We have updated our earthquake plots for 38.548°N, 27.677°W to 38.769°N, 28.350°W from 19th March 2022 to 7th April 2022.
Good Afternoon! (Updated 30/03/2022 to include Background)
On 19 March 2022 an earthquake swarm started on São Jorge, an island in the Azores. The swarm is ongoing at the time of writing. By 28 March 2022, c.14,000 earthquakes had been recorded. This swarm is likely to be caused by a magmatic intrusion.
INVOLCAN have estimated that up to 20 million cubic meters of magma may have accumulated under São Jorge during the swarm, based on satellite measurements of ground deformation. CIVISA (Centro de Informação e Vigilância Sismovulcânica dos Açores) has raised the alert level to V4 (out of a scale to V6. V5 and V6 are in eruption, based on size of the eruption).
There are four likely outcomes:
An eruption occurs in the next few days to weeks, possibly with little warning.
A larger earthquake occurs alongside changes in the magma intrusion leading to an eruption or stalling of the intrusion.
The current swarm and deformation end without eruption. Future swarms and deformation lead to an eruption.
The activity ceases and the intrusion cools with no further activity.
Locals have been advised to prepare to evacuate due to the risk of eruption or larger earthquakes. Our thoughts are with them.
Let’s take a look at what is going on underground. We have downloaded the earthquake data reported by The Portuguese Institute for Sea and Atmosphere, I. P. (Source: IPMA – Seismic map). This shows earthquakes ≥2.0 magnitude. At the time of our download c. 840 earthquakes ≥2.0 had been recorded for São Jorge from 19/03/2022.
Our video shows geoscatter plots by day, showing the north-westward migration of the swarm, and 3D rotating scatter plots.
Around 8,400 people live on the island in settlements around the coast. Transport links have historical been by sea as land transport was inhibited by the harsh volcanic terrain. The economy is reliant on dairy farming, including the export of São Jorge cheese, fishing and some cereals, vineyards and local vegetables. The opening of an airport in 1982 led to the expansion of the export of cheese, farming and small crafts.
São Jorge Island, itself, is 55km long and 6km wide volcanic ridge in the Azores Archipelago. The Azores are located at a triple junction between the North American, Eurasian and Nubian Plates; the Mid Atlantic Ridge forms the eastern boundary of the North American Plate. The Azores Plateau is considered to be a large igneous province generated from a plume interacting with the Mid Atlantic Ridge between 20 and 7 million years ago. Fissural volcanic activity arising from the interaction and tectonics created the islands.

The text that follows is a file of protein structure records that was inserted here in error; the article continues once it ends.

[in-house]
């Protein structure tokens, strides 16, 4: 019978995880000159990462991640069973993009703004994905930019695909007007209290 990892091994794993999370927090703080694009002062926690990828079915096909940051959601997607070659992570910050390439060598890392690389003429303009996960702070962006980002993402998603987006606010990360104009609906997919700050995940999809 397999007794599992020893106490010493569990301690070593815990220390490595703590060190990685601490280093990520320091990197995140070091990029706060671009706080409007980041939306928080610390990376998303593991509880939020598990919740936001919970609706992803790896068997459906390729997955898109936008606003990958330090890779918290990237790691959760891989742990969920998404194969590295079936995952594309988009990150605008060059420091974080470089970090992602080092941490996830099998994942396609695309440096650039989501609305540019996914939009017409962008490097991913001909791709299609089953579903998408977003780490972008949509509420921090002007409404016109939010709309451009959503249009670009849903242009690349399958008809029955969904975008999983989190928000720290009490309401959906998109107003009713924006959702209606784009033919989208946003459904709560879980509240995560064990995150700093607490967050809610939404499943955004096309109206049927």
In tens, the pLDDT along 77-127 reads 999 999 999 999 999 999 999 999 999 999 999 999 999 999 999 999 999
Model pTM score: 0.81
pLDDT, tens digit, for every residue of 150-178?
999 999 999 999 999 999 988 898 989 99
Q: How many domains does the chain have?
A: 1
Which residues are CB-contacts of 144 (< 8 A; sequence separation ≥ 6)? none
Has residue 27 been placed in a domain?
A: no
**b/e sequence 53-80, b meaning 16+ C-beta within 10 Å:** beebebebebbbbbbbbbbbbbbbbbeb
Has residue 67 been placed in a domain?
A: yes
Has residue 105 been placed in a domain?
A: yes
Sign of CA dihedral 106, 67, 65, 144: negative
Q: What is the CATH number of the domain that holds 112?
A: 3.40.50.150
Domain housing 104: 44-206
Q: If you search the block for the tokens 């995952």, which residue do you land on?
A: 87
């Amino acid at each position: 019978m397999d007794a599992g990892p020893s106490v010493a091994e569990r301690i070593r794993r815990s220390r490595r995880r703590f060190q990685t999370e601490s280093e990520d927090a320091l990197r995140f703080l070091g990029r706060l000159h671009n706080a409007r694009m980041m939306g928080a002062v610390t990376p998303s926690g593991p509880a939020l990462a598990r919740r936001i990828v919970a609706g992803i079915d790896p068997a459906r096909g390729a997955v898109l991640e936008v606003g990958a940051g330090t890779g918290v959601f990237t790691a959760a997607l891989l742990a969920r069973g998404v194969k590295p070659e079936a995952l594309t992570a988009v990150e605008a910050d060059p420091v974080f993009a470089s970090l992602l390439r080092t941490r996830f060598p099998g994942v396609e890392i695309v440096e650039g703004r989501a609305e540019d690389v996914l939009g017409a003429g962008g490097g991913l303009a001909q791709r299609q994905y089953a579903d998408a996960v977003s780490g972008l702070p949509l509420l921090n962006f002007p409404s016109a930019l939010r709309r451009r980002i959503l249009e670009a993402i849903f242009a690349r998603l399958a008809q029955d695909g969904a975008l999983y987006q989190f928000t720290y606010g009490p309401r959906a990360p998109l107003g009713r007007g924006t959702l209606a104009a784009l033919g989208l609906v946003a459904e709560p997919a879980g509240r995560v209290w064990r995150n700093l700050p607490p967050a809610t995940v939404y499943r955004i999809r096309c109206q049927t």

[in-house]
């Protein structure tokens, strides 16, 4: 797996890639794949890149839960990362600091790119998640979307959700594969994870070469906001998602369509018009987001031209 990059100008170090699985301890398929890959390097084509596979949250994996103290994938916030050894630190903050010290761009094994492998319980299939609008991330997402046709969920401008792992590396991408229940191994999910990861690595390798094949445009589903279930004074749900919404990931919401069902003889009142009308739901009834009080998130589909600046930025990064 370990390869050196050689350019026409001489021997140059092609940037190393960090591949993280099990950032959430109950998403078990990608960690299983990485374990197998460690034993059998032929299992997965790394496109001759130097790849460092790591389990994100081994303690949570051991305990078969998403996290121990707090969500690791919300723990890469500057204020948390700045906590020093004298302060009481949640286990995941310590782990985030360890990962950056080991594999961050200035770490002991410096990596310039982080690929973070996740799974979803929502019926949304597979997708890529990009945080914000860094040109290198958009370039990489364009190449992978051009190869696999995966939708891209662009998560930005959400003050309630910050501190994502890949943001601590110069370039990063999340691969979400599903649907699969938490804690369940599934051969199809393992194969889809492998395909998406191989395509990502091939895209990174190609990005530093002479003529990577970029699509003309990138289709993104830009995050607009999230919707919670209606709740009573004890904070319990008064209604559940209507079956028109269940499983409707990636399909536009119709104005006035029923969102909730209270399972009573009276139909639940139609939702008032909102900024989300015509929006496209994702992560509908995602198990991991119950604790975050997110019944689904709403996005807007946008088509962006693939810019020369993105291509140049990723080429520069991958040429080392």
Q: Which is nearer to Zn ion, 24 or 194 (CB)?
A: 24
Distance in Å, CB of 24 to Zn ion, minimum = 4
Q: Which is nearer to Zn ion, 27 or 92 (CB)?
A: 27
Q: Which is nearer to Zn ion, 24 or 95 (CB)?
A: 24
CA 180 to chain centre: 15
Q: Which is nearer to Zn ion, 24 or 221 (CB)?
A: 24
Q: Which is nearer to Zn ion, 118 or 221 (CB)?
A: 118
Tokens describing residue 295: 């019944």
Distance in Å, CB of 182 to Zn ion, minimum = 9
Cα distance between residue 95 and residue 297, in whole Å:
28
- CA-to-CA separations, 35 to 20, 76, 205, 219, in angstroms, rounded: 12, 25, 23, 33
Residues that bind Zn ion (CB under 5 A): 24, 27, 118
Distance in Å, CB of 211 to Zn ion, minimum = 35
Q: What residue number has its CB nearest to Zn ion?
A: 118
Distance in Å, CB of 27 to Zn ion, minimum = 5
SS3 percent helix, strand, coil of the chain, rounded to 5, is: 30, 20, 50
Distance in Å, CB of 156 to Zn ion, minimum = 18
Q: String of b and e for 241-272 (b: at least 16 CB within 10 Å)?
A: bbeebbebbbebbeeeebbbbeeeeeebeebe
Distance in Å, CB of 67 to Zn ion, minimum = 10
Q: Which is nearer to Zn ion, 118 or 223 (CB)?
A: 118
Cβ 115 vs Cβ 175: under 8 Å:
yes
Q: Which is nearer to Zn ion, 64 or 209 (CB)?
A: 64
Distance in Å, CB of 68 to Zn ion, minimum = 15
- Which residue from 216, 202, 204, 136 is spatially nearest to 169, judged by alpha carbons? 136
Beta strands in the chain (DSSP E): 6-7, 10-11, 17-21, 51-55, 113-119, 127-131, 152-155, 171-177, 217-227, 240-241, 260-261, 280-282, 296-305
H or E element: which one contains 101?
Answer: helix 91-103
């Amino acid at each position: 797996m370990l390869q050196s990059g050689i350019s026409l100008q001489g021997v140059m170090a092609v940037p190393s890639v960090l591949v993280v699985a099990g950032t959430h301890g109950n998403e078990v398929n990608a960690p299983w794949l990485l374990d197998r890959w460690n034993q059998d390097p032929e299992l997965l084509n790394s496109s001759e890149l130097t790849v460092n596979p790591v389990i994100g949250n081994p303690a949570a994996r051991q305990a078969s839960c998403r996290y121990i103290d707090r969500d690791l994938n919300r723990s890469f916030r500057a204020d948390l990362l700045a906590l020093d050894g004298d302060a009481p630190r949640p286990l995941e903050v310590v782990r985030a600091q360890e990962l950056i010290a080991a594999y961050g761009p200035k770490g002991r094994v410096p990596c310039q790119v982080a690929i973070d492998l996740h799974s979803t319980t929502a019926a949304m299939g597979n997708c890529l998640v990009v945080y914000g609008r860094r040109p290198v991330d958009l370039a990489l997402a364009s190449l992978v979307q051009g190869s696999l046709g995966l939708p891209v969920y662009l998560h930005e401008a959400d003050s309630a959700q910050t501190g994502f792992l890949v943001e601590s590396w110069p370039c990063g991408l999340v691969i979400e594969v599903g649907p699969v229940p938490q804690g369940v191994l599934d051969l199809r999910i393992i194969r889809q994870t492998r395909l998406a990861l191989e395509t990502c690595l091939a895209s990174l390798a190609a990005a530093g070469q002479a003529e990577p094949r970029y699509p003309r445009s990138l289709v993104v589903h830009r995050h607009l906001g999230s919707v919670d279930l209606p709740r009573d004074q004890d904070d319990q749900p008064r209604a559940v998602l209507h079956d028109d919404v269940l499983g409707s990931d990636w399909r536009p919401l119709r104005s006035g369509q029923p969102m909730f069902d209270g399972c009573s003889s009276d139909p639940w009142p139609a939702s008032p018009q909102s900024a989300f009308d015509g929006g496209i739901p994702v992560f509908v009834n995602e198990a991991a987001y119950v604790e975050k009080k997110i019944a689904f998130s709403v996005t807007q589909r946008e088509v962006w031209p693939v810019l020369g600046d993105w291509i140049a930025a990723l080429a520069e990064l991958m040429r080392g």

There are four known centres of volcanic activity on São Jorge: the São João area on the south eastern end of the island; the Topo Volcanic Complex, occupying most of the eastern side of the island; the Rosais Volcanic Complex, with basalt and andesites; and Manadas Volcanic Complex on the west side of the island. The earliest known subaerial lava is alkaline enriched c.1.32 – c.1.21 million years old from deep partial melting of an enriched garnet peridotite mantle source. This is located at the south east end of the island at São João with a NW-SE to NNW-SSE direction oblique to the current WNW -ESE axis of the island. The period includes at least thee episodes of magma differentiation from alkaline basalts to mugearites in a shallow magma reservoir. Subaerial activity resumed c. 750,000 years ago at the Topo Volcanic Complex, with several overlapping episodes migrating westward along the axis of the island. Activity in the western side of the island started c. 731,000 years ago. The lavas generated 750,000 years ago and subsequently were also generated from an enriched mantle source. The different phases of subaerial growth are attributed to different episodes of deformation reopening the magma feeding system. It is possible that submarine activity occurred during the period of apparent quiescence.
GVP lists 11 confirmed Holocene eruptions for São Jorge, of which one is VEI 3 (1580), one is VEI 2 (1800) and one is VEI 1 (1808). Three are submarine: 1964, off the SW coast; 1902, off Ponta do Topo; and, 1800, also off Ponto do Topo. The eruptions in 1580 and 1808 caused widespread damage. In the 1580 eruption, magma ascended from 23km or more, ponded at 16km and then erupted in three lava flows along the Ribeira da Almeida, Queimada and between Ribeiro do Nabo and the beach of Cruzes; ten people were killed. In the Urzelina eruption in 1808 , fractionated residual ponded magma from the 1580 eruption emerged as andesite-basaltic lava to flow south west of Pico do Pedro to Urzelina. This eruption caused gases and chloric, sulfuric and carboxylic acid vapours to be emitted from the Manadas Ridge, which along with eight large earthquakes, caused significant damage to property and farmland. Eight people were killed in the 1808 eruption.
The island and surrounding area is heavily faulted. Submarine fractures between the São Jorge and Pico have resulted in large damaging earthquakes. In 1757, an earthquake centred in Fajã dos Vimes resulted in destruction of property in Manadas and the death of c. 20% of its population (1,000 people).